After you eat, the nano-network you have floating in your bloodstream goes to work checking that things are working well.  While each individual nanocite is pretty dumb, as a network, they can measure an almost perfect picture of your blood health.  They can catalog your insulin levels, your blood sugar levels, the number of lipids in your blood stream, so many things.

A few weeks ago, you were warned about a possible cold you had contracted.  Your doctor's office, the same place that all of your data is daily uploaded to on a regular basis, contacted you with a prescription for heading it off at the pass.  Luckily, you didn't have to suffer through it.

Of course, nano-networks need updating as new bugs are found and old bugs are retired, so you have to visit your doc every quarter or so for a new rendition.  Luckily, the rendition is taken via pill format, so not too bad.  They've been getting pretty good in the past few years, but there is still a long way to go.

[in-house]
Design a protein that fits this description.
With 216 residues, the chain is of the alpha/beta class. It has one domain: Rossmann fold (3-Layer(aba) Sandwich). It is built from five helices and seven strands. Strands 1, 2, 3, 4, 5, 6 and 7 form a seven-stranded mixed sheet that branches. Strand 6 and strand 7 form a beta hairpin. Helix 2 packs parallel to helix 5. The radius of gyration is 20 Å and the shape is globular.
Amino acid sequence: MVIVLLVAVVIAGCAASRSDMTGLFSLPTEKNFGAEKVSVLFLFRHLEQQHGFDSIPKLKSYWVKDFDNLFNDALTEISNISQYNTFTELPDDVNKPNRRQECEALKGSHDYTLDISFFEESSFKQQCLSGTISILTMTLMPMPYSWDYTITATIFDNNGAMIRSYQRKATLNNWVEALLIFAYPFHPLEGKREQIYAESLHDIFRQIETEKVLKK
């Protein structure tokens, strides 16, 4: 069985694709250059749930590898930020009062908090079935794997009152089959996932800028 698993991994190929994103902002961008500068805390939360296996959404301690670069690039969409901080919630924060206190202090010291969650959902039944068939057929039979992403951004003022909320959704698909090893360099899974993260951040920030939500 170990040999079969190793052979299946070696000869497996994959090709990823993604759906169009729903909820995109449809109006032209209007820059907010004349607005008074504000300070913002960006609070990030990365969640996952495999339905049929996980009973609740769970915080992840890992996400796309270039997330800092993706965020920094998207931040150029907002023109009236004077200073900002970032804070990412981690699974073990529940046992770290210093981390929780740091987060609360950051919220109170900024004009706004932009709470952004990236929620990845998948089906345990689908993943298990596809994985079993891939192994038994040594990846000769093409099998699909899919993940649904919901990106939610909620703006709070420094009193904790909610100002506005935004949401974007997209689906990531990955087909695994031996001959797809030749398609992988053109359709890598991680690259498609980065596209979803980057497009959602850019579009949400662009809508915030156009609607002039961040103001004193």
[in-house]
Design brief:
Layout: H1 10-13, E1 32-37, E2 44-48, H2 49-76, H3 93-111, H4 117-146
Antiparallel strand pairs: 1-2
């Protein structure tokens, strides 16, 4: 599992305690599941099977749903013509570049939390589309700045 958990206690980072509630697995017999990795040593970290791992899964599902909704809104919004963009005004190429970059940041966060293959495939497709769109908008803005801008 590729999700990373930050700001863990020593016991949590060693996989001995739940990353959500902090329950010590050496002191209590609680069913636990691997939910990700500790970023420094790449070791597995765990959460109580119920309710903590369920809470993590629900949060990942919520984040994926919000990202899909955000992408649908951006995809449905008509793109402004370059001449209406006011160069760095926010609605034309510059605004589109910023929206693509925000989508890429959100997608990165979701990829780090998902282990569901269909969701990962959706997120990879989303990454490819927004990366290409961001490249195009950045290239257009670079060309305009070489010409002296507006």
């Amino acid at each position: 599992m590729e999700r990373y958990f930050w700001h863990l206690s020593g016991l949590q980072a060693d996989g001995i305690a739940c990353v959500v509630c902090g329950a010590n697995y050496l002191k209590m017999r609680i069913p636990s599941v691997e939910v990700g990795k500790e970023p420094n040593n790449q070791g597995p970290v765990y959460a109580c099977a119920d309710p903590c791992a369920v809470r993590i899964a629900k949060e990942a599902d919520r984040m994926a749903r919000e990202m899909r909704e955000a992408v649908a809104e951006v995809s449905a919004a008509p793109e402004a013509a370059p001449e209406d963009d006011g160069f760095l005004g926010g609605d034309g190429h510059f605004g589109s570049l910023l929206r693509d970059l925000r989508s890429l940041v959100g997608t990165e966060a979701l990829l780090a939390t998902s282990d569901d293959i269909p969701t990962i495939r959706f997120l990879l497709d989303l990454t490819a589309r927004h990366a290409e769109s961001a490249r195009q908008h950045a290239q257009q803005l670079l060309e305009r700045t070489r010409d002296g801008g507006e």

As you head off to work, you reflect on what you know about yourself from technology at the age of 90.  Your able to monitor and assess your daily health with the input of the vast array of sensors that now adorn your body.  Your every caloric intake and energy expenditure is kept in balance.  You have an early warning system within your blood that can detect an incredible array of sicknesses.

You are the healthiest you've ever been.